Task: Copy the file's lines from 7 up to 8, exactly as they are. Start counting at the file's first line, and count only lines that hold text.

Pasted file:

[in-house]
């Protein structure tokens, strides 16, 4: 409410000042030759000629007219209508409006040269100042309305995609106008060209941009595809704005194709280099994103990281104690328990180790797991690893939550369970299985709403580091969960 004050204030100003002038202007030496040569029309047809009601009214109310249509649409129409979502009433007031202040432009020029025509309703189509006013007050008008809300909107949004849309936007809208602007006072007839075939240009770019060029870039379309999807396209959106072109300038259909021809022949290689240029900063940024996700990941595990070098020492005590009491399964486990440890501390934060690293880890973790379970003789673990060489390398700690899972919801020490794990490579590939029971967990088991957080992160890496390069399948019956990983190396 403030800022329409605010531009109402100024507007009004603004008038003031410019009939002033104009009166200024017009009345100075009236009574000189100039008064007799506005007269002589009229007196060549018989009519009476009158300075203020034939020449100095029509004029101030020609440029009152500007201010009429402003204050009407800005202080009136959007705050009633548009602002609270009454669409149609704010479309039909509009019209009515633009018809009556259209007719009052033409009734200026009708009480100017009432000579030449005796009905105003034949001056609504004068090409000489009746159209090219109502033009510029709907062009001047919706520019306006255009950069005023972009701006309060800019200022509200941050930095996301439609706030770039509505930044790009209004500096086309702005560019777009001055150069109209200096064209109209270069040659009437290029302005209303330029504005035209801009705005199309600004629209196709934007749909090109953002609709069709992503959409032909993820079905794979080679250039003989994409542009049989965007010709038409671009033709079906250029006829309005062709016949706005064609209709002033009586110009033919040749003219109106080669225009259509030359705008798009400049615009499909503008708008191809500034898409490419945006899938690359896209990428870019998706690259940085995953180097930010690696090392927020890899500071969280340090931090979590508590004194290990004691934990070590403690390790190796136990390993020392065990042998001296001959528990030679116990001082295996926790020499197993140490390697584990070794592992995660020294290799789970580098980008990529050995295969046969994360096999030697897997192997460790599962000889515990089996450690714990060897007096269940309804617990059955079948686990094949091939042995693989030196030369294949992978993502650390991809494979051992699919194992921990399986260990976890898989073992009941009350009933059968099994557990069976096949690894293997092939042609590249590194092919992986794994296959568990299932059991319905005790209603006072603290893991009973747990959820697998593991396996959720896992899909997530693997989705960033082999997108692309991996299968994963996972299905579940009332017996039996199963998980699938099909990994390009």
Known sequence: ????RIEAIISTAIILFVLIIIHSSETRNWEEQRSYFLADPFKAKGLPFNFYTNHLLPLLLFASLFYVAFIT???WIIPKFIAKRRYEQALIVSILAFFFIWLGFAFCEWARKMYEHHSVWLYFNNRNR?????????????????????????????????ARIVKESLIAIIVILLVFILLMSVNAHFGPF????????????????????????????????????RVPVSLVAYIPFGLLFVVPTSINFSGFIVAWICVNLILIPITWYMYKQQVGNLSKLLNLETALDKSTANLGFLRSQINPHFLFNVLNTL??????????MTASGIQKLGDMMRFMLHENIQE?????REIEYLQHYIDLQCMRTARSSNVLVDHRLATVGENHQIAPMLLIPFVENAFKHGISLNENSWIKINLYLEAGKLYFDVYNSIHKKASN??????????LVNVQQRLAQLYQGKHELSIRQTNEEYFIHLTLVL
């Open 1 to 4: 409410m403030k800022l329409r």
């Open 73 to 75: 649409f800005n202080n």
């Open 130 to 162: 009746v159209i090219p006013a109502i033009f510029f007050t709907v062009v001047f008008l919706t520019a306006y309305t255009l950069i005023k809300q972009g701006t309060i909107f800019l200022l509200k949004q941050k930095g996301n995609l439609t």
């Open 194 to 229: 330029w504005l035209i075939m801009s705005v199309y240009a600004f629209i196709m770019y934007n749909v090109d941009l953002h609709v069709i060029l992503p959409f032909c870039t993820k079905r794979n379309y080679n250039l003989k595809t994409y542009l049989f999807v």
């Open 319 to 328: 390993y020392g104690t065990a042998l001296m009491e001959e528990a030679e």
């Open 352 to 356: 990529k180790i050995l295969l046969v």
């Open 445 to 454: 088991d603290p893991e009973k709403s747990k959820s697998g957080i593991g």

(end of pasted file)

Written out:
């Open 194 to 229: 330029w504005l035209i075939m801009s705005v199309y240009a600004f629209i196709m770019y934007n749909v090109d941009l953002h609709v069709i060029l992503p959409f032909c870039t993820k079905r794979n379309y080679n250039l003989k595809t994409y542009l049989f999807v």
């Open 319 to 328: 390993y020392g104690t065990a042998l001296m009491e001959e528990a030679e």